Te Maru o Kaituna River Authority received presentations from 26 submitters to the Proposed Kaituna River Document, during hearings held in Te Puke last week.
Te Maru o Kaituna River Authority Chairman Dean Flavell said that the majority of submitters were supportive of the proposed document and of what Te Maru o Kaituna is trying to achieve. They shared their passion for the river and generally advocated for a balanced approach.
“The Kaituna River and its catchment can be likened to a taonga, a valued treasure of great importance, and the Kaituna River Document is Te Arataki-hou (new direction) for the restoration, protection and enhancement of the Kaituna River.
We received a total of sixty-two submissions from a wide range of sectors including iwi, conservation, recreational user and special interest groups, as well as individuals with a general interest in the river. The submissions highlighted that not only is the river valued by local iwi and the community, it’s also internationally renowned amongst rafters and kayakers,” Mr Flavell said.
“A real mix of views were expressed during the hearings. Some submitters promoted stronger environmental aspirations for the river, others a greater focus on Māori outcomes, culture and history. The river’s role in supporting economic growth and employment was also highlighted,” he said.
Submitters also suggested changes to some of the proposed provisions, including the wording of the objectives and desired outcomes relating to water quality and quantity.
The Kaituna River Authority is now considering the points raised by submitters. They’ll hold deliberations over the coming months before making decisions on what amendments should be made to the document. A final version of the Kaituna River Document will then be prepared and released in early 2018.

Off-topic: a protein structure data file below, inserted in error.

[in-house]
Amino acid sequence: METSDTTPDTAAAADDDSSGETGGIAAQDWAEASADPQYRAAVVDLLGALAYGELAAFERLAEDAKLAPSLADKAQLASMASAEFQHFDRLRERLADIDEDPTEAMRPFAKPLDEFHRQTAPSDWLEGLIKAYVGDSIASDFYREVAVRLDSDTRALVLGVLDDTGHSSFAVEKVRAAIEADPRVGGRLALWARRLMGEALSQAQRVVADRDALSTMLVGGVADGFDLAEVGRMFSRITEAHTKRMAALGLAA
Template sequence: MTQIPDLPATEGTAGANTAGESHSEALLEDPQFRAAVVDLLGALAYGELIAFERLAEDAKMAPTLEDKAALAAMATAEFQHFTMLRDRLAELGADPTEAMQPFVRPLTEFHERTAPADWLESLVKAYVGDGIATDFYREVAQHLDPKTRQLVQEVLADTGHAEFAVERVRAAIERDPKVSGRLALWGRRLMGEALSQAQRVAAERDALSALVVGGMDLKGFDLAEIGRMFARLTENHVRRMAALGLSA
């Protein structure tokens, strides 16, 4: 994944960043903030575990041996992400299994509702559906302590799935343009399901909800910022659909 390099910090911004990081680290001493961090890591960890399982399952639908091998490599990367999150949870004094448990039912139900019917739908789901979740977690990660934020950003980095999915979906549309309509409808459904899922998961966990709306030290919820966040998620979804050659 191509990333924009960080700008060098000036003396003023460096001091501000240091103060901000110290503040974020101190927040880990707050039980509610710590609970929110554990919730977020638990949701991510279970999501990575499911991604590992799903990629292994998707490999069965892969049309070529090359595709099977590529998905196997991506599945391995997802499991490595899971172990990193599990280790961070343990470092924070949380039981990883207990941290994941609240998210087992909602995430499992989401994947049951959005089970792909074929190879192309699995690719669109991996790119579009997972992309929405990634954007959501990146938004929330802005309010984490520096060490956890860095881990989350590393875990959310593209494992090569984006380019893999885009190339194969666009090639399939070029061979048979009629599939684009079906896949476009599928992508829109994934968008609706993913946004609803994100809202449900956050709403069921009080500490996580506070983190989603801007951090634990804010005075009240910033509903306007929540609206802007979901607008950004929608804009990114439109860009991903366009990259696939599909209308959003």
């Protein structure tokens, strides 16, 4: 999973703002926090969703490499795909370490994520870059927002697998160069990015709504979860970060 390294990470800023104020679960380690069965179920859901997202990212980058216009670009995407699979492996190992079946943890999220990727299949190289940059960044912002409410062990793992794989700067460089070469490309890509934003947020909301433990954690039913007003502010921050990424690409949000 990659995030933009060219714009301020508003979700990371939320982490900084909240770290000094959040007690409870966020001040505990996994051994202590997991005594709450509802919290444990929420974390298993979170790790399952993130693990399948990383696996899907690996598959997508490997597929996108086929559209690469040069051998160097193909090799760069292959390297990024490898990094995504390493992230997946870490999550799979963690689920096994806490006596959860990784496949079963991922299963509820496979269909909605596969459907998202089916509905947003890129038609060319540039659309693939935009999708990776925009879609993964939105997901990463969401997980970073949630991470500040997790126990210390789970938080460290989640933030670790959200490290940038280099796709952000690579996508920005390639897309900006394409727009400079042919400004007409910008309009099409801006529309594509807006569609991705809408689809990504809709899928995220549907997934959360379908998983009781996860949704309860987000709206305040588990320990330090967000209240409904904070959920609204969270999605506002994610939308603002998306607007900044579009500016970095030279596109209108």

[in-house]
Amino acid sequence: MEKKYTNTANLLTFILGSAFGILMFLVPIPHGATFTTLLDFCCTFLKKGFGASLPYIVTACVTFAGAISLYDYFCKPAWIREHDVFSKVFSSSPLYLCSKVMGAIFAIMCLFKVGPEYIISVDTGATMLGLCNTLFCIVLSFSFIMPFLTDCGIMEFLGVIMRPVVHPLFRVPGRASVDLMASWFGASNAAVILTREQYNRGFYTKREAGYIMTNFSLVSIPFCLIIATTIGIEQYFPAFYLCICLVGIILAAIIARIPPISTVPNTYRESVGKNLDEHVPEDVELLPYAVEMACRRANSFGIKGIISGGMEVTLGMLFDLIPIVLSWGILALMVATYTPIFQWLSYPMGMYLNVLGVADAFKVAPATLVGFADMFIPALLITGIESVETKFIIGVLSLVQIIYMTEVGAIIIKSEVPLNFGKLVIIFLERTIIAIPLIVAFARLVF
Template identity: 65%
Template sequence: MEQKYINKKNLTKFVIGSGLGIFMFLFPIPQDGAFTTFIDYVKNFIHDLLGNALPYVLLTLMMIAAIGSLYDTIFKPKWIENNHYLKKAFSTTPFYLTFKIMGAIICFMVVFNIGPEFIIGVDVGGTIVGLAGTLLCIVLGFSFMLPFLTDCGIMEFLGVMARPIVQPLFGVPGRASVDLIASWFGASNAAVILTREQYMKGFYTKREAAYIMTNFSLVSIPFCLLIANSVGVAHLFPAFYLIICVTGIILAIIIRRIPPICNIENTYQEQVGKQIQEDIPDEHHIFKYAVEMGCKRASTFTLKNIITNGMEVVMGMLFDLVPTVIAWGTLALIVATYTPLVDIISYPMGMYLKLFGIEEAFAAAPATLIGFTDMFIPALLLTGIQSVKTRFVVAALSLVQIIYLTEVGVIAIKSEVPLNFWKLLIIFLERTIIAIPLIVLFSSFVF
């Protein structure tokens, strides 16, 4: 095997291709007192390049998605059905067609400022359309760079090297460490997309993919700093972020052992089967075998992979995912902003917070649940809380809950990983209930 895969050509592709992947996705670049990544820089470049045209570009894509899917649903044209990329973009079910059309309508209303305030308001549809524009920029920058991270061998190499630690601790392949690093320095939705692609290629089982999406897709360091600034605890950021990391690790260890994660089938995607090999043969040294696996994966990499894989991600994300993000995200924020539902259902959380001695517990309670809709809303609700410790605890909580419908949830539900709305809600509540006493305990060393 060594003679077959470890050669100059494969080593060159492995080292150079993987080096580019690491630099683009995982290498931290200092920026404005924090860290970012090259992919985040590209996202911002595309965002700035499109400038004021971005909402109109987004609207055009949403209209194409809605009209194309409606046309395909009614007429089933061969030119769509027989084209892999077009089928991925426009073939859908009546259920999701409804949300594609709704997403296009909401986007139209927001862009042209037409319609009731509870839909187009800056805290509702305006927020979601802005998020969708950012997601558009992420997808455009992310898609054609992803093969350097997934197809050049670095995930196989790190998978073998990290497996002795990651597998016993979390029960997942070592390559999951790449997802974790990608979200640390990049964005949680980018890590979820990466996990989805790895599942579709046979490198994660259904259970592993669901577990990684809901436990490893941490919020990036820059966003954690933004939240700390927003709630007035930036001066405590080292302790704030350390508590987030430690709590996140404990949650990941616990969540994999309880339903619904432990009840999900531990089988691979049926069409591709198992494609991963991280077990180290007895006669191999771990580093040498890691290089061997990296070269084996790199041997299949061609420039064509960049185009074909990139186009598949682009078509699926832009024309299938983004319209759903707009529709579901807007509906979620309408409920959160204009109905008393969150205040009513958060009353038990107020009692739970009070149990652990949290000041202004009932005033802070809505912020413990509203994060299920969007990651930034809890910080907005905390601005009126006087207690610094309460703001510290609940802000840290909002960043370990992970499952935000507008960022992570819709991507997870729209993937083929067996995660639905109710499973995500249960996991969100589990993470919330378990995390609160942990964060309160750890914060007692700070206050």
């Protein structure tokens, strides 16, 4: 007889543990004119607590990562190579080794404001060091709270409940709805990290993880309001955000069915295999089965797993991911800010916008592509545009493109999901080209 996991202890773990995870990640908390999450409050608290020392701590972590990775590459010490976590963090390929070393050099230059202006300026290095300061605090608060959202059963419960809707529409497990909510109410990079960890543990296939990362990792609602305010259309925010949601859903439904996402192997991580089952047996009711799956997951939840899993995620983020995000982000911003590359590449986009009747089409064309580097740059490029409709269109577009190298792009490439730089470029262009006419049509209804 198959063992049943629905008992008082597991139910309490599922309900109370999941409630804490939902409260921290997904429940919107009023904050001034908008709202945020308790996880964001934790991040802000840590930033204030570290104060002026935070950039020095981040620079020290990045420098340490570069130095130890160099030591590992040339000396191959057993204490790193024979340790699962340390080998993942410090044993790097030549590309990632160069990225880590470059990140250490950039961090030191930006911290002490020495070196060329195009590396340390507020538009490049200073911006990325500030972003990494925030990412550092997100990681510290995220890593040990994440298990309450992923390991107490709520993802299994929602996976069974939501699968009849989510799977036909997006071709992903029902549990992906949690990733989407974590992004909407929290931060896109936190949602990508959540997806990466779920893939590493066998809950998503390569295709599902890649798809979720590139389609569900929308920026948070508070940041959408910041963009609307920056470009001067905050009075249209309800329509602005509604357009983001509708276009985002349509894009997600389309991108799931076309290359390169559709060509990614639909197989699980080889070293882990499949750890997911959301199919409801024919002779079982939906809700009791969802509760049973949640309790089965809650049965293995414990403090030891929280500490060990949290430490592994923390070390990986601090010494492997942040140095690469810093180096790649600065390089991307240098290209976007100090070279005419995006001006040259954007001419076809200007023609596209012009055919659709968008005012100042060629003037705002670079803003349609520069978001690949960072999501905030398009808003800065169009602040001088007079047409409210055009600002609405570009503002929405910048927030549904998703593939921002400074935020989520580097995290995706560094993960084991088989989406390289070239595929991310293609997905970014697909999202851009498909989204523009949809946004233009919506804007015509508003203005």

- Te Maru o Kaituna River Authority is a co-governance partnership set up by the Tapuika Claims Settlement Act 2014. It comprises representatives from five iwi (Tapuika Iwi Authority, Te Kapu Ō Waitaha, Te Pumautanga o Te Arawa, Te Tāhuhu o Tawakeheimoa Trust, Te Komiti Nui o Ngāti Whakaue) and four councils (Tauranga City, Western Bay of Plenty District, Rotorua Lakes and Bay of Plenty Regional Councils).
- The Tapuika Claims Settlement Act 2014 directed the Authority to prepare the Kaituna River Document, to outline shared aspirations for the restoration, protection and enhancement of the environmental, cultural and spiritual well-being of the Kaituna River and its tributaries.
- Once the Kaituna River Document is approved; its vision, objectives and desired outcomes must be recognised and provided for in the Regional Policy Statement for the Bay of Plenty as well as in the relevant regional, district and city plans (administered by the regional, district and city councils) under the Resource Management Act 1991.
- See www.kaituna.org.nz for further information.